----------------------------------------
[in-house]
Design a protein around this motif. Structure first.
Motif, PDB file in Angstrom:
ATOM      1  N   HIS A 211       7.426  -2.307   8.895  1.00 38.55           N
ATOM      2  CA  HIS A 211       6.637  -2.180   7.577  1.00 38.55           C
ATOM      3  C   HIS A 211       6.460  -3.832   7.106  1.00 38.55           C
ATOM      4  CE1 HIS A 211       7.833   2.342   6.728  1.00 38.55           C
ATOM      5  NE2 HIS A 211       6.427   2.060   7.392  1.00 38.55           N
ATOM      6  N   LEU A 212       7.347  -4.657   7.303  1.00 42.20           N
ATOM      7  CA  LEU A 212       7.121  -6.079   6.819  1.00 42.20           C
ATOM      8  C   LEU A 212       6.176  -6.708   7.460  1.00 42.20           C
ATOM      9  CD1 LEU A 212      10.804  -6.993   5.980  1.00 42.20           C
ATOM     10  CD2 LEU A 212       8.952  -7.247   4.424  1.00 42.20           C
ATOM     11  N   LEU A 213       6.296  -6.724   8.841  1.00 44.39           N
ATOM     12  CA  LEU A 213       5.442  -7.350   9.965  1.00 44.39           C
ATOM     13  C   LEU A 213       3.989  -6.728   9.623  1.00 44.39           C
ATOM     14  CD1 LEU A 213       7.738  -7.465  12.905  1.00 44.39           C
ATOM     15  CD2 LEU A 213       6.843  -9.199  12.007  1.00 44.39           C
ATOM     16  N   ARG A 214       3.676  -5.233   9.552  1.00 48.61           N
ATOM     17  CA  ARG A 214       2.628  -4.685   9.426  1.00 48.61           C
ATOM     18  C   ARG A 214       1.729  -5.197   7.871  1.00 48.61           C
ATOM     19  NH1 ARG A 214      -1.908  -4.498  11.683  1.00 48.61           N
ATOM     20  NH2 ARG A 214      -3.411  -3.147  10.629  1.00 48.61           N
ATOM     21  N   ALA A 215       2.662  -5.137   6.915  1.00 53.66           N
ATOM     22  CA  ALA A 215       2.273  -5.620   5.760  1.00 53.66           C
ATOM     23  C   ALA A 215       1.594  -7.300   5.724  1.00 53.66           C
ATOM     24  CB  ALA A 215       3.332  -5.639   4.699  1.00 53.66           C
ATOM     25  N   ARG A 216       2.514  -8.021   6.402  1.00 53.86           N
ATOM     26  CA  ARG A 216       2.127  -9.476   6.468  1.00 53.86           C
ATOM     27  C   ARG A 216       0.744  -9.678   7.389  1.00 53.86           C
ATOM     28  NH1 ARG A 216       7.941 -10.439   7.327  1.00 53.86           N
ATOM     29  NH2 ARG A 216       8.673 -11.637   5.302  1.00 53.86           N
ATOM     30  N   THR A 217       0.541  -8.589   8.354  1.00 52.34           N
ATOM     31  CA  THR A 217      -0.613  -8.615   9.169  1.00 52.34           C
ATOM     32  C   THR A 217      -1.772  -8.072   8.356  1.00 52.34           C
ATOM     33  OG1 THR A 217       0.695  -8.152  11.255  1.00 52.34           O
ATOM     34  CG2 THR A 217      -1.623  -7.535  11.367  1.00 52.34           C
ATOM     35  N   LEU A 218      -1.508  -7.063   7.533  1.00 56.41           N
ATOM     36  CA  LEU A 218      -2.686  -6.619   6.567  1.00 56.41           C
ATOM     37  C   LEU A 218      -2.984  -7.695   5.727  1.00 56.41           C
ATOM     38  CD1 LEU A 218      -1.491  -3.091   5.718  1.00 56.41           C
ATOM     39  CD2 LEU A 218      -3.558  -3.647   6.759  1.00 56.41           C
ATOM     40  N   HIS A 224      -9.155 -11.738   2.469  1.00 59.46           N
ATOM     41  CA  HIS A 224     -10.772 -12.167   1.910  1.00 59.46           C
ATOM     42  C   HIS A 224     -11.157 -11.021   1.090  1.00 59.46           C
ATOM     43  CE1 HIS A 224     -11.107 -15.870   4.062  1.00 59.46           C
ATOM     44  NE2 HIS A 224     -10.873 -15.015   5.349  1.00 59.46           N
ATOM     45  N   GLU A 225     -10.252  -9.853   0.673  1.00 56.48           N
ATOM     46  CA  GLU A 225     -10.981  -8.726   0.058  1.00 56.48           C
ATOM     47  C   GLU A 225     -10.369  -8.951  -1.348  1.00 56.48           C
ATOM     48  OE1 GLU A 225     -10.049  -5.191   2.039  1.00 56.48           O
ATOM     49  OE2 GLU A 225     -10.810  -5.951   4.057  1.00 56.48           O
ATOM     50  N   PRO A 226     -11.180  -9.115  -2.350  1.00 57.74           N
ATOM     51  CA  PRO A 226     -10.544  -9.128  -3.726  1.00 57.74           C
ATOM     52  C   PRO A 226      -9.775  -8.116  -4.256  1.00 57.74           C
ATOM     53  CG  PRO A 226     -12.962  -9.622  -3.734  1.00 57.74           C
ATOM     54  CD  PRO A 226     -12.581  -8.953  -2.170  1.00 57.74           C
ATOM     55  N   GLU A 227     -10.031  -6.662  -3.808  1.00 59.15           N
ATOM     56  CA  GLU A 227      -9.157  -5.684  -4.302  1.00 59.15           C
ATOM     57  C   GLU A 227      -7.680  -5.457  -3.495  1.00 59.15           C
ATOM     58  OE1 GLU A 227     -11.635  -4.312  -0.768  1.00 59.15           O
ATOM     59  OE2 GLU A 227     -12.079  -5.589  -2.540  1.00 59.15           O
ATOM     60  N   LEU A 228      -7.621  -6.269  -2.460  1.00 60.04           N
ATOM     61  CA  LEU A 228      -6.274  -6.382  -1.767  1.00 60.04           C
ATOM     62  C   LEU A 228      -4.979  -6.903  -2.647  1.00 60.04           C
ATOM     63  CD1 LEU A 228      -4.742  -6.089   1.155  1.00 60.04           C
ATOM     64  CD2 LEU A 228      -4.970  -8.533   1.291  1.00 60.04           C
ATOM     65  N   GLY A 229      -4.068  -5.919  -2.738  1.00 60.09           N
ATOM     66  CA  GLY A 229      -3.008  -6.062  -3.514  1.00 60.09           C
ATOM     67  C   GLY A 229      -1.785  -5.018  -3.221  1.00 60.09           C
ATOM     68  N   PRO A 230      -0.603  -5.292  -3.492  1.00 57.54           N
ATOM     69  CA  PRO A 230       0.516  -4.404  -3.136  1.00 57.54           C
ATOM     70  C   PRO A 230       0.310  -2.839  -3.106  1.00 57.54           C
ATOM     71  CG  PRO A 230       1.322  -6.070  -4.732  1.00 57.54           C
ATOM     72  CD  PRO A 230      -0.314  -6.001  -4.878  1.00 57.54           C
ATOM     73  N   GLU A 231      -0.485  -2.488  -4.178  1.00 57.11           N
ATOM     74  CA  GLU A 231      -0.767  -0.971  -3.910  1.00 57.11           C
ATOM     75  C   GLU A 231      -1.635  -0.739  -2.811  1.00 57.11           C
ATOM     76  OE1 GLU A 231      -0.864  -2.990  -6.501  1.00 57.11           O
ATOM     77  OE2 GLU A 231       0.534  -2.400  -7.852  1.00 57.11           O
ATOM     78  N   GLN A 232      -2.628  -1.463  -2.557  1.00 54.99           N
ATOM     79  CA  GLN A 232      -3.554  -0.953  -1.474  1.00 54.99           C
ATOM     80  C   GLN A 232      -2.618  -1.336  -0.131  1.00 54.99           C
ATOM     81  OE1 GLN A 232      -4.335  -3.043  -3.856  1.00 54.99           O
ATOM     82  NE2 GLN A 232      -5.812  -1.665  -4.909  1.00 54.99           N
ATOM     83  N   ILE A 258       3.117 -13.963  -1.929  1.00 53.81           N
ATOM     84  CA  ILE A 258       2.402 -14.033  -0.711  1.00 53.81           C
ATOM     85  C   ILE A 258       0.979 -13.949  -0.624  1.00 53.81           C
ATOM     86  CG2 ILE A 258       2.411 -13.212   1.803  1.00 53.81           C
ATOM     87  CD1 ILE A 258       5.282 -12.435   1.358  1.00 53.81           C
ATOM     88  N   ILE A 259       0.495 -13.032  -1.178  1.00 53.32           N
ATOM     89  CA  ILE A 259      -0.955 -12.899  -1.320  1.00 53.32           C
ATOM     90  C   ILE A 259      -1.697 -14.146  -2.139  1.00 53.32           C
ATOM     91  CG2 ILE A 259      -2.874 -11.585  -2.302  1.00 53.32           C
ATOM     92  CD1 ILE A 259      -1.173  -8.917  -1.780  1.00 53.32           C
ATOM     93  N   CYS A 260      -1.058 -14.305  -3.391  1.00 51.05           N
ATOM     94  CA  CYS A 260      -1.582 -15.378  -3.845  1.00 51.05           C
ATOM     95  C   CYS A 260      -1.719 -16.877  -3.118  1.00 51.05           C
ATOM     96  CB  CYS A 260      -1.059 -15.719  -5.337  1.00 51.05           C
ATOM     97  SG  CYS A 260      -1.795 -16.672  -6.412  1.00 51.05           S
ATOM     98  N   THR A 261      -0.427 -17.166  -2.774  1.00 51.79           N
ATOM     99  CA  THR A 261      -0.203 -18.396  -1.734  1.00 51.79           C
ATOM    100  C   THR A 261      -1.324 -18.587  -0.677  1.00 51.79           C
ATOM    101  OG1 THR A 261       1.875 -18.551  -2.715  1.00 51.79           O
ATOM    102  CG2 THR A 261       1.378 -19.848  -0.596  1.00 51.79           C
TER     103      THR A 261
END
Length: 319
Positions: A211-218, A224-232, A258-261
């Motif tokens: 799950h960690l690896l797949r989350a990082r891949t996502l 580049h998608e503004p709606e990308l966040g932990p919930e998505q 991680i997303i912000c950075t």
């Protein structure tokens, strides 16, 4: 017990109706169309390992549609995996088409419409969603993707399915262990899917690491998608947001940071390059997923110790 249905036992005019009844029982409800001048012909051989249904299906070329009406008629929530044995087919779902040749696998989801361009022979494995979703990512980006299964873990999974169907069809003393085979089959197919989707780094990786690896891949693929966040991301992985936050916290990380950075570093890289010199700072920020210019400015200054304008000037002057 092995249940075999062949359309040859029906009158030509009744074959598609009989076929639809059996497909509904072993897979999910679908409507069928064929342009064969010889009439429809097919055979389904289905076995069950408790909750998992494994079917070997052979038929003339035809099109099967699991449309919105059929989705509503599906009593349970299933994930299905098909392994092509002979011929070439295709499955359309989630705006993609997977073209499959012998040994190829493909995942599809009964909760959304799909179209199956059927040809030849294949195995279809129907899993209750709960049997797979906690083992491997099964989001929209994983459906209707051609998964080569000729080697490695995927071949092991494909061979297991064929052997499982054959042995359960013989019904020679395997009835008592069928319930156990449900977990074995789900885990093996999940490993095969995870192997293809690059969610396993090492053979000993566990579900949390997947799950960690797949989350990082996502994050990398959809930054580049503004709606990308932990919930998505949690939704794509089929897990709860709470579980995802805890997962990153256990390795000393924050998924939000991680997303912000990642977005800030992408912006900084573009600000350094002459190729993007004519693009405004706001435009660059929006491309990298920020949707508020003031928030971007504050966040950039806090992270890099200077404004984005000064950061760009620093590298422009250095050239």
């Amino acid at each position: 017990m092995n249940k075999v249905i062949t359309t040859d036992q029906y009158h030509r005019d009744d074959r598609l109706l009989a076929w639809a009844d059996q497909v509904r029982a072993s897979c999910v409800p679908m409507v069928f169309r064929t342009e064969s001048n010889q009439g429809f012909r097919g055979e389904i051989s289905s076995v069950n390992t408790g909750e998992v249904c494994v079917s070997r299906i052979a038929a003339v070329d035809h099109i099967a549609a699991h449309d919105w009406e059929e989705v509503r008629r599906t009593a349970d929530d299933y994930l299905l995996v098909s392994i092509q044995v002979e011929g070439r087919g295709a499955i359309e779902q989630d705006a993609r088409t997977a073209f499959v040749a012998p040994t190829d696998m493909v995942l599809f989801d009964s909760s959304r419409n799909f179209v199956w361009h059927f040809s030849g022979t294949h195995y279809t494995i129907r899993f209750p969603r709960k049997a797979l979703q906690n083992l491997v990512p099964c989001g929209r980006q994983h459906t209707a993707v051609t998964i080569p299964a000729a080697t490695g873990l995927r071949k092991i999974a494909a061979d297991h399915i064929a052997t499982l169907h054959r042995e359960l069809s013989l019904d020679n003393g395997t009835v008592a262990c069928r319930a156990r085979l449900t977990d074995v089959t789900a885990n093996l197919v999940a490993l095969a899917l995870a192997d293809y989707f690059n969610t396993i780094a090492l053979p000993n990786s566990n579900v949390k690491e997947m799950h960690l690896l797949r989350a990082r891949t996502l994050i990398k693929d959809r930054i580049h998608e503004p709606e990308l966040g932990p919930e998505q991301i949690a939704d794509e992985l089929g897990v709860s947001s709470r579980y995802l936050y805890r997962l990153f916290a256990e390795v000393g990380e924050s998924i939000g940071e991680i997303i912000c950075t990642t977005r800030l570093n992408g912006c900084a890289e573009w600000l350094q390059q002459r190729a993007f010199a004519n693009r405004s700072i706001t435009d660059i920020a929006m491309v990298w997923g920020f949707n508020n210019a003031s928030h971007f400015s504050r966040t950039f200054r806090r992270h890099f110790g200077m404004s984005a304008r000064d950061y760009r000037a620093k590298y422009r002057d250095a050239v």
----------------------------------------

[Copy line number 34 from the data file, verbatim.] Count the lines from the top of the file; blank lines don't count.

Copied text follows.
ATOM     31  CA  THR A 217      -0.613  -8.615   9.169  1.00 52.34           C